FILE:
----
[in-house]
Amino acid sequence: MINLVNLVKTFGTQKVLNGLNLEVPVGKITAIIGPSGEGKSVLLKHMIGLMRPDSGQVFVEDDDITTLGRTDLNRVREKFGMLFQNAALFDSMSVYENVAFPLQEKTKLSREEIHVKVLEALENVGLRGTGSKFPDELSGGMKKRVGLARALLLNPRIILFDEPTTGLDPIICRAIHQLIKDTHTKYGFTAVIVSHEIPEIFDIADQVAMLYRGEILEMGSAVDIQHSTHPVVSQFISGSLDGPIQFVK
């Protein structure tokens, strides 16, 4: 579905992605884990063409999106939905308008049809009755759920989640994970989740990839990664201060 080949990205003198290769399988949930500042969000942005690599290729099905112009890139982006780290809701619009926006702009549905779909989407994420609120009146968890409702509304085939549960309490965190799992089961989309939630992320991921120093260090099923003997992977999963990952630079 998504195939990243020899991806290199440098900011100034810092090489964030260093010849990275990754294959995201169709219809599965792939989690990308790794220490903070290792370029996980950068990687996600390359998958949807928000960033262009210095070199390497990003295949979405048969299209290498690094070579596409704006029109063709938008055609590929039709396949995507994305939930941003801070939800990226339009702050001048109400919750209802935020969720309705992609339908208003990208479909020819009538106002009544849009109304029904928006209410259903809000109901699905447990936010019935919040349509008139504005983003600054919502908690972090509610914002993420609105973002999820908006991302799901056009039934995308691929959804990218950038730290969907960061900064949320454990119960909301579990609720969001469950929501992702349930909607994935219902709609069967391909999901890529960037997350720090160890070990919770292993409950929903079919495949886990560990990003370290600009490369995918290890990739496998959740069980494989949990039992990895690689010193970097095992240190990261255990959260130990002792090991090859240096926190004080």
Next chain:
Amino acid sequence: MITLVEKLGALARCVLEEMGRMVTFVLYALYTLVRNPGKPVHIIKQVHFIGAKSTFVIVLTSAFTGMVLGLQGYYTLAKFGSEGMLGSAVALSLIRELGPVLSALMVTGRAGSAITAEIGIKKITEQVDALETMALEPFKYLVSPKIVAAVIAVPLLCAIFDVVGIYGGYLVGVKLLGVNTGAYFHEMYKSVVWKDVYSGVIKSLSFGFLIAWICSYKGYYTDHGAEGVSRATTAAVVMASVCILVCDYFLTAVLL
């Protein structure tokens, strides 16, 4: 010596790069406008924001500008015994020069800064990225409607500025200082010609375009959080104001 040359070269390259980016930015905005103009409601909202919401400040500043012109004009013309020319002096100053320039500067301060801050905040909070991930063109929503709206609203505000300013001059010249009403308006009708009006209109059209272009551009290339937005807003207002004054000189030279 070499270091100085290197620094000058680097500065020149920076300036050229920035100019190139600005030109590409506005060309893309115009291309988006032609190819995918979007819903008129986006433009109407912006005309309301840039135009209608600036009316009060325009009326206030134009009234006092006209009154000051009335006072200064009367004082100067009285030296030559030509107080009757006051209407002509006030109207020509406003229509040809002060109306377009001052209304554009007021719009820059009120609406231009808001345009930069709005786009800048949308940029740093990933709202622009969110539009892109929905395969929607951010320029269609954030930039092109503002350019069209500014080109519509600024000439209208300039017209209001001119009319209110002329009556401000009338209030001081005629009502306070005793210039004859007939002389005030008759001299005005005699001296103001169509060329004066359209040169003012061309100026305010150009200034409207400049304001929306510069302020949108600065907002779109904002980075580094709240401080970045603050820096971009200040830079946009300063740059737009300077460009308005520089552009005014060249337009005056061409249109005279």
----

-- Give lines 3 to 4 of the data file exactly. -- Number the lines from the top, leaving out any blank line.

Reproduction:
């Protein structure tokens, strides 16, 4: 579905992605884990063409999106939905308008049809009755759920989640994970989740990839990664201060 080949990205003198290769399988949930500042969000942005690599290729099905112009890139982006780290809701619009926006702009549905779909989407994420609120009146968890409702509304085939549960309490965190799992089961989309939630992320991921120093260090099923003997992977999963990952630079 998504195939990243020899991806290199440098900011100034810092090489964030260093010849990275990754294959995201169709219809599965792939989690990308790794220490903070290792370029996980950068990687996600390359998958949807928000960033262009210095070199390497990003295949979405048969299209290498690094070579596409704006029109063709938008055609590929039709396949995507994305939930941003801070939800990226339009702050001048109400919750209802935020969720309705992609339908208003990208479909020819009538106002009544849009109304029904928006209410259903809000109901699905447990936010019935919040349509008139504005983003600054919502908690972090509610914002993420609105973002999820908006991302799901056009039934995308691929959804990218950038730290969907960061900064949320454990119960909301579990609720969001469950929501992702349930909607994935219902709609069967391909999901890529960037997350720090160890070990919770292993409950929903079919495949886990560990990003370290600009490369995918290890990739496998959740069980494989949990039992990895690689010193970097095992240190990261255990959260130990002792090991090859240096926190004080």
Next chain: